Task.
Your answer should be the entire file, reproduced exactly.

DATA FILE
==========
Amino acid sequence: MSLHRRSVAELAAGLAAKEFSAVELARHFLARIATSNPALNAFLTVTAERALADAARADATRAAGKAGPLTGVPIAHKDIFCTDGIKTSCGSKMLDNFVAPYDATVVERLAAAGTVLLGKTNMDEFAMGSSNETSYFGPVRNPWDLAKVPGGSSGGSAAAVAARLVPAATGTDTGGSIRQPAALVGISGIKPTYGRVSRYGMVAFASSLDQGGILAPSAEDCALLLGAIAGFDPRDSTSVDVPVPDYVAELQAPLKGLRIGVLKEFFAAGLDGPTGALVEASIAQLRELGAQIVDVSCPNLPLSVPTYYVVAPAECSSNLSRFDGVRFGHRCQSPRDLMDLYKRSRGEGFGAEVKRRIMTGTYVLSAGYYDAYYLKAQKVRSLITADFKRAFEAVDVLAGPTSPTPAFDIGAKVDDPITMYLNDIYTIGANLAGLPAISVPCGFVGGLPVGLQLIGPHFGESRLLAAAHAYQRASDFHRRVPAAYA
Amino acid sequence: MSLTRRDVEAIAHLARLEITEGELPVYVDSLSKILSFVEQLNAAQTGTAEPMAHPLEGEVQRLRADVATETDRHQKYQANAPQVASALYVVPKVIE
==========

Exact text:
Amino acid sequence: MSLHRRSVAELAAGLAAKEFSAVELARHFLARIATSNPALNAFLTVTAERALADAARADATRAAGKAGPLTGVPIAHKDIFCTDGIKTSCGSKMLDNFVAPYDATVVERLAAAGTVLLGKTNMDEFAMGSSNETSYFGPVRNPWDLAKVPGGSSGGSAAAVAARLVPAATGTDTGGSIRQPAALVGISGIKPTYGRVSRYGMVAFASSLDQGGILAPSAEDCALLLGAIAGFDPRDSTSVDVPVPDYVAELQAPLKGLRIGVLKEFFAAGLDGPTGALVEASIAQLRELGAQIVDVSCPNLPLSVPTYYVVAPAECSSNLSRFDGVRFGHRCQSPRDLMDLYKRSRGEGFGAEVKRRIMTGTYVLSAGYYDAYYLKAQKVRSLITADFKRAFEAVDVLAGPTSPTPAFDIGAKVDDPITMYLNDIYTIGANLAGLPAISVPCGFVGGLPVGLQLIGPHFGESRLLAAAHAYQRASDFHRRVPAAYA
Amino acid sequence: MSLTRRDVEAIAHLARLEITEGELPVYVDSLSKILSFVEQLNAAQTGTAEPMAHPLEGEVQRLRADVATETDRHQKYQANAPQVASALYVVPKVIE